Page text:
These boats often use harmful trawls in which turtles, whales and dolphins die. Foreign boats fish in the economic zones of coastal countries that do not have the funds to patrol.
Too many young animals are also removed so that the stock cannot recover. Smaller fishermen also fall by the wayside, often in developing countries that have fewer fish near the coast and no money to go further.
Fleet operators do not follow the rules
In fact, fisheries in almost all ocean areas are organized and controlled by 17 Regional Fisheries Management Organizations (RFMOs). They monitor the stock and issue licenses for the catch quota.
However, not all fishermen and fleet operators follow the rules.
Illegal fishermen turn off tracking devices
Illegal, unreported and unregulated fishing is a major problem. Boat fish in the territorial waters of other countries turn off their tracking devices to avoid the detection of fish species that are under protection.
In the index of “Global Initiative Against International Organized Crime”, China ranks worst, followed by Taiwan, Cambodia and Russia.
huge china fleet
Fishing is problematic in waters off local shores. Here it dwarfs the EU countries with about 250 and the United States with about 300 boats.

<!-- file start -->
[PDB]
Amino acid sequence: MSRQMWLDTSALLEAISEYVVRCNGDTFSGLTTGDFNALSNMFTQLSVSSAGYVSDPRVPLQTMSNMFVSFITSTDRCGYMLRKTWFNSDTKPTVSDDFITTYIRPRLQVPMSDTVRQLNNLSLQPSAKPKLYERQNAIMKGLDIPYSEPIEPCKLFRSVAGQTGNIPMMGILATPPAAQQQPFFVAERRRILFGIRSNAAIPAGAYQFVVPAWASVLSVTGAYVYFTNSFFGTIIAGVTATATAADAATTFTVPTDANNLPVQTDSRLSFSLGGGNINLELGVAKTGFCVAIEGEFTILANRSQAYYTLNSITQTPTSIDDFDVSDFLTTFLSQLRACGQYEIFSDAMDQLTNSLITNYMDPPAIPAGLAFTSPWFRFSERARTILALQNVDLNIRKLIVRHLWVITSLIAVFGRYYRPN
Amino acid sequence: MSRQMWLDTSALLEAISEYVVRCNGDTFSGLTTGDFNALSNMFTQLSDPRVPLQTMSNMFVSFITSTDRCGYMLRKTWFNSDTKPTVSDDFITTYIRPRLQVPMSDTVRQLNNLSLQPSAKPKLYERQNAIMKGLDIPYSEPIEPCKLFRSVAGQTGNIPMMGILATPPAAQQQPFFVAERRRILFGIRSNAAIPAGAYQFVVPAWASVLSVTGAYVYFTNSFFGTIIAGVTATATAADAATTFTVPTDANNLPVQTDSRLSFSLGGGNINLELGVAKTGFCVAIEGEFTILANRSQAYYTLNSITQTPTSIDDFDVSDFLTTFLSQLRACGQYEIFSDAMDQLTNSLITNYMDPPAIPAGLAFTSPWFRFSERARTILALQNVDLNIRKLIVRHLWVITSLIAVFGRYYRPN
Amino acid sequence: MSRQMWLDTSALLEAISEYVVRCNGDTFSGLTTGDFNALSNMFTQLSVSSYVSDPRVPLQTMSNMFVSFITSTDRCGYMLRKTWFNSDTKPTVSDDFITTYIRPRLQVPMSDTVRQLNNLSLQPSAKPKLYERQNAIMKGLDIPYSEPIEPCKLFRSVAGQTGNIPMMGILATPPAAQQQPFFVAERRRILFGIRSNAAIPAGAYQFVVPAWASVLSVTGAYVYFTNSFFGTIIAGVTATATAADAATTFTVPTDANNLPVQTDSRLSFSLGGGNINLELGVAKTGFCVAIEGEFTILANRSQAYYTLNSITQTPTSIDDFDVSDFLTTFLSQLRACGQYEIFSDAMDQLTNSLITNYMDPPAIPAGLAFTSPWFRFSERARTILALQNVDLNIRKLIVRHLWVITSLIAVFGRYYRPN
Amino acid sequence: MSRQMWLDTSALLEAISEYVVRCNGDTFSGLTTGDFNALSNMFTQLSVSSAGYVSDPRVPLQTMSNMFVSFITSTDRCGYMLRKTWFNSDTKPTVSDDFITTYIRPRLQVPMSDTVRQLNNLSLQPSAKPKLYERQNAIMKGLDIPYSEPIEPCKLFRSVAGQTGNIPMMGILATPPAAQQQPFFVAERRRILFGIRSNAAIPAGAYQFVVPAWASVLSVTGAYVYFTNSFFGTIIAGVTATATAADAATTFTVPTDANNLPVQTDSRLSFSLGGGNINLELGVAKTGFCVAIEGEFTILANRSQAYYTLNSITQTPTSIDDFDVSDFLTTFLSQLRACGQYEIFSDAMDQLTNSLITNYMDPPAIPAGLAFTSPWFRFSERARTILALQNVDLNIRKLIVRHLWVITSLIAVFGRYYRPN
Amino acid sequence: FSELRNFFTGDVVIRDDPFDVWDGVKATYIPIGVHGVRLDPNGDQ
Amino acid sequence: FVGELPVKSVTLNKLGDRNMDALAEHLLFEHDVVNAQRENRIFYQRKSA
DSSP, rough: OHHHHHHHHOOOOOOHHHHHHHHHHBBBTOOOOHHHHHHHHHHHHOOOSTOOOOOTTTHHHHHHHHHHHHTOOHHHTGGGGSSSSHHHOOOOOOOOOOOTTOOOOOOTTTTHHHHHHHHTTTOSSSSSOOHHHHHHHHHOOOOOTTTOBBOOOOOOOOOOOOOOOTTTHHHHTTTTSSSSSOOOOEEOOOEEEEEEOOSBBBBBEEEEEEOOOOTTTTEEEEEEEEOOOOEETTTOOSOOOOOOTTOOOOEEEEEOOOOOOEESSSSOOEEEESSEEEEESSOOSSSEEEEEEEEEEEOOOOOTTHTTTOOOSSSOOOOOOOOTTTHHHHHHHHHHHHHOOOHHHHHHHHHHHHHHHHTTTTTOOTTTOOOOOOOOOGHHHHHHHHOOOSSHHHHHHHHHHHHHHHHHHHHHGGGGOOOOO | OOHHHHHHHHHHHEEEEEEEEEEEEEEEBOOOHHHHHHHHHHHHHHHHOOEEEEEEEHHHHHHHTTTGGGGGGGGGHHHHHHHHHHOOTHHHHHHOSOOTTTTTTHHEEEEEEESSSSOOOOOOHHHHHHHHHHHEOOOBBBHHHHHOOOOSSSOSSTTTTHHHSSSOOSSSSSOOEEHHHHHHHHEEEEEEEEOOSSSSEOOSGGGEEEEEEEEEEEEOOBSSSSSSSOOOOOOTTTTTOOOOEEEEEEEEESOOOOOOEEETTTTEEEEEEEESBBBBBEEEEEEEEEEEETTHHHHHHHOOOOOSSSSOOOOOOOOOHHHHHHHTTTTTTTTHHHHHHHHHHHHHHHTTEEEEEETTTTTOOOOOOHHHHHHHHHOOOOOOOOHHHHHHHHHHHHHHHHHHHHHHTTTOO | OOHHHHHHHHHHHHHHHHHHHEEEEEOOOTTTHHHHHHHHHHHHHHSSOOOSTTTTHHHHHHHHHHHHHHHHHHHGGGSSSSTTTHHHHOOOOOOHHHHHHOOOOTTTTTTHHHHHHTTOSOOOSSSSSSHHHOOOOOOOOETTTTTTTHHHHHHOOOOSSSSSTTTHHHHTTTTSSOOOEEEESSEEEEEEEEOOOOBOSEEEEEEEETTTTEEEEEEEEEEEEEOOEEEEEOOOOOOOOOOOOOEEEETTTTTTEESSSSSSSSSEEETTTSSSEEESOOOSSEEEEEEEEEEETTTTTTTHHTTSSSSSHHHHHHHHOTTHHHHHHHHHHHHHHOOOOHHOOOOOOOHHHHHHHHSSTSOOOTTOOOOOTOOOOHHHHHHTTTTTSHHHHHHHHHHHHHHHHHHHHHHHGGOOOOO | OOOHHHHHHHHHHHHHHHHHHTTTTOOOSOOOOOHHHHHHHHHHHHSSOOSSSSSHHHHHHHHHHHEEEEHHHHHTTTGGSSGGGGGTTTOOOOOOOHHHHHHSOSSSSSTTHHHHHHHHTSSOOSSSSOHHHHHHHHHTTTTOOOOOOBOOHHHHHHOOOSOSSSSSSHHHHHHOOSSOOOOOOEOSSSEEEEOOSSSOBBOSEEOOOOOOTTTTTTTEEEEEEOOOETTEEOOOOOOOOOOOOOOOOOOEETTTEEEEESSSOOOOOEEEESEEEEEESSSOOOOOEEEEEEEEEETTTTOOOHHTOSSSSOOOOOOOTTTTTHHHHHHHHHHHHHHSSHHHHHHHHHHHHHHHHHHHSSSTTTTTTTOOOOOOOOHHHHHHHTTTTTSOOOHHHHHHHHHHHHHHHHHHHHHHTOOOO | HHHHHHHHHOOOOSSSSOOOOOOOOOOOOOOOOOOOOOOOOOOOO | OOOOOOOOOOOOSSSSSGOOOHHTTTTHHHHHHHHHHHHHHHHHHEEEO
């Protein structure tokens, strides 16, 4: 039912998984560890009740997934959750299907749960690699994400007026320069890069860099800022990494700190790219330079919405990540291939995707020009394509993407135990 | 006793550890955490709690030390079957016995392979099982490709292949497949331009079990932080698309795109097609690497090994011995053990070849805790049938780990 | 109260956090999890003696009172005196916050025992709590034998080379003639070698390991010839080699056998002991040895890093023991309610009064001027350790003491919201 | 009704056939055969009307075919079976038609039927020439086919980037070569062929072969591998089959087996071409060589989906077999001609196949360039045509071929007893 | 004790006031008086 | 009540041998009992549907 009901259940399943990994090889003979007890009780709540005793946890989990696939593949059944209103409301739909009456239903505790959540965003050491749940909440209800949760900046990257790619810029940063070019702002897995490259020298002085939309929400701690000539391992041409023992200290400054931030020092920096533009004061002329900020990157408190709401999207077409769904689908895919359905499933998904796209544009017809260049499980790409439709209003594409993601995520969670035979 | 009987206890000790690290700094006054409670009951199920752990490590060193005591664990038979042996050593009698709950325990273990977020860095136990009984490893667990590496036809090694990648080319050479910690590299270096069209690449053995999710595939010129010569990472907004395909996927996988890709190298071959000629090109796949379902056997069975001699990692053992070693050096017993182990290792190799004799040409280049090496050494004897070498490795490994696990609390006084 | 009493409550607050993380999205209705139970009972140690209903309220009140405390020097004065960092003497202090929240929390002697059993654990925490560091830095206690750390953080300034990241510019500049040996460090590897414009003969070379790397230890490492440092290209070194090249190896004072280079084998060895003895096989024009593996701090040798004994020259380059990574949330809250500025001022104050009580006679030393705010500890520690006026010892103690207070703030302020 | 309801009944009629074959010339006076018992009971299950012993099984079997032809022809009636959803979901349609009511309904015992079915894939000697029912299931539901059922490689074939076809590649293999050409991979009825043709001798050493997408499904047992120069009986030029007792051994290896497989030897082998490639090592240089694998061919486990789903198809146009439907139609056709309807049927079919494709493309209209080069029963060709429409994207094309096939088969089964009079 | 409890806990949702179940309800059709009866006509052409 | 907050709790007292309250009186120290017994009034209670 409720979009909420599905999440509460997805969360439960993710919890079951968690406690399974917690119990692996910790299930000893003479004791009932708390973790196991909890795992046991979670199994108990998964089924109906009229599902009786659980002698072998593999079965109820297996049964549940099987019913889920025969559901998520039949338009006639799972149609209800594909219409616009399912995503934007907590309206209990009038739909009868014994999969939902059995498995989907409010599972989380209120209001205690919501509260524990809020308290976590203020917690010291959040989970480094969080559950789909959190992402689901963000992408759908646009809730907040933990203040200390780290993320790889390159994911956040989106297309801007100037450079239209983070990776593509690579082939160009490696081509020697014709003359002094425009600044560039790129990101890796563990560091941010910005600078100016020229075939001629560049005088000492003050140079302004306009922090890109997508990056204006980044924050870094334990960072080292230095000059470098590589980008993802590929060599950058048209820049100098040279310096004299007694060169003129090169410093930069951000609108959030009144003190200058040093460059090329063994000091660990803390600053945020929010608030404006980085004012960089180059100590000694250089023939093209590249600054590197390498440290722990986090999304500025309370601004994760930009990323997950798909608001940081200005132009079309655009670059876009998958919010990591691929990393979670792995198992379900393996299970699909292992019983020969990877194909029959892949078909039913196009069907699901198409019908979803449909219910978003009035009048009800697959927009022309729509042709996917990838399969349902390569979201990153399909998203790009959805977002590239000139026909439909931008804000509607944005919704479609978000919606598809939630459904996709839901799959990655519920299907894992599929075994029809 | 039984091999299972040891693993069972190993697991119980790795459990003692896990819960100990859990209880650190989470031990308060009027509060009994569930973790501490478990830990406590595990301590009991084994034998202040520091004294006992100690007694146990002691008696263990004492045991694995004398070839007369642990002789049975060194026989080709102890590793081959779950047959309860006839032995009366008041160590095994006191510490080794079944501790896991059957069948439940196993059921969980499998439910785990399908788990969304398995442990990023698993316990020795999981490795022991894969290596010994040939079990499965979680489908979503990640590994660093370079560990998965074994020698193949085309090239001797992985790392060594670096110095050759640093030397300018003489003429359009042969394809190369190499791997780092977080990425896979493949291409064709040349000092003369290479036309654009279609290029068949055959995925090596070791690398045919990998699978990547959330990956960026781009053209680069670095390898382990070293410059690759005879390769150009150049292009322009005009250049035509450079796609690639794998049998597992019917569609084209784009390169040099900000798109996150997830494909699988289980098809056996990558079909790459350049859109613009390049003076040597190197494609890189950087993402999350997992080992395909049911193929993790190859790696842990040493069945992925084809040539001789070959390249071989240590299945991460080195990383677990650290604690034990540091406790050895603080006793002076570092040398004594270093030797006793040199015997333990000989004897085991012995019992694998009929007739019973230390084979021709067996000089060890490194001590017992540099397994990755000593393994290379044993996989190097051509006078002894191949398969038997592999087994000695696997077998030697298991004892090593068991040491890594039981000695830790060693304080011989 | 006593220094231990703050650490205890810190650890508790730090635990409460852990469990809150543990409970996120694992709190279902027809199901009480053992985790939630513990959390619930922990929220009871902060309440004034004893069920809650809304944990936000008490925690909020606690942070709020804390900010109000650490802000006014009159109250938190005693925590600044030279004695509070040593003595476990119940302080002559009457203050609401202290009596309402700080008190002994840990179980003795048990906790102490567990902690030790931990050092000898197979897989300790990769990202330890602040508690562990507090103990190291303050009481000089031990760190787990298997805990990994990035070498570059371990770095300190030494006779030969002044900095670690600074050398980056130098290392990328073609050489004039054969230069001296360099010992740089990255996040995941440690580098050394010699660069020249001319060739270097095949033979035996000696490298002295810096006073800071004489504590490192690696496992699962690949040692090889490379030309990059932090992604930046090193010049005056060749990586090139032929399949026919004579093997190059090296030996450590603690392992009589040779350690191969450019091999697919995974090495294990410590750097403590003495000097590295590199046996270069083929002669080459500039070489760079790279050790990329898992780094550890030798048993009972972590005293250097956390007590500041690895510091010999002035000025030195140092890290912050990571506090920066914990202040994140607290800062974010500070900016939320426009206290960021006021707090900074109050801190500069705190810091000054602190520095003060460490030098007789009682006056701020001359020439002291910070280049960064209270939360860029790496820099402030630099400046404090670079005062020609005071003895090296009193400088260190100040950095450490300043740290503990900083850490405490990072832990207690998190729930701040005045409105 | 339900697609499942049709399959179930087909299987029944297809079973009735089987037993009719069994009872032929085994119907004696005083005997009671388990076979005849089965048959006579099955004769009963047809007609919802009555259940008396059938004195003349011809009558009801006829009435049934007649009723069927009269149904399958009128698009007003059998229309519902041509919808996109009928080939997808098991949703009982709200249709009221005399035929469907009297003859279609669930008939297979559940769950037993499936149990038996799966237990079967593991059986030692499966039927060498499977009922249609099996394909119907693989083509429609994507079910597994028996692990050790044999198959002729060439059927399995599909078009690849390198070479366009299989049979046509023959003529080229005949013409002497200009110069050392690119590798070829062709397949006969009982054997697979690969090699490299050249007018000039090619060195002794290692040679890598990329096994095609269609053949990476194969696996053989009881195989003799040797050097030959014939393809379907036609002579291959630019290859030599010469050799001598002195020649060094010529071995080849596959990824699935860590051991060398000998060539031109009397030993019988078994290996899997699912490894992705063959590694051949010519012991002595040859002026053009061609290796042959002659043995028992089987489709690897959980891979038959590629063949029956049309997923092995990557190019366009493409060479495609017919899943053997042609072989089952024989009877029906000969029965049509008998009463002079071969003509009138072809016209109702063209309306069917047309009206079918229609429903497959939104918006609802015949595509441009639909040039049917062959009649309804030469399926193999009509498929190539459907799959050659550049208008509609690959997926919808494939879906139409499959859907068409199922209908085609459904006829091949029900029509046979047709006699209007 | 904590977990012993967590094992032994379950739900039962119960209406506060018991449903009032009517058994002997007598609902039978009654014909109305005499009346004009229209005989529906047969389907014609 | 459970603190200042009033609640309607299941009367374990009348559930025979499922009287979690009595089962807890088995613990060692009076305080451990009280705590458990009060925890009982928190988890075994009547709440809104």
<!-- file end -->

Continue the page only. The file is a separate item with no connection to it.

China dwarfs everything: officially there were about 2,700 registered long-distance fishing boats in 2019. But according to 2020 analyses, about 17,000 Chinese boats are caught away from home.
According to a study from Canada, global fisheries subsidies amounted to about $35.4 billion in 2018. Some billions are used to strengthen good fisheries management and sustainable fishing, but according to the study, 63 percent of the money goes into harmful subsidies, especially for fuel.
“For consumers, the subsidies that exist for perishable industrial fisheries mean they are already paying twice as much for their fish – first when they pay taxes and second when they buy fish,” explains Hkun. Huh.
And further: “Worse yet, consumers finance the destructive fishing fleet’s informal fishing trips through their taxes and thus contribute even more CO2-Pollution.”
Who subsidizes over-exploitation of oceans?
According to a Canadian study, China is by far the biggest payer of harmful subsidies. There were payments of $5.9 billion, Japan $2.1 billion and the European Union $2 billion.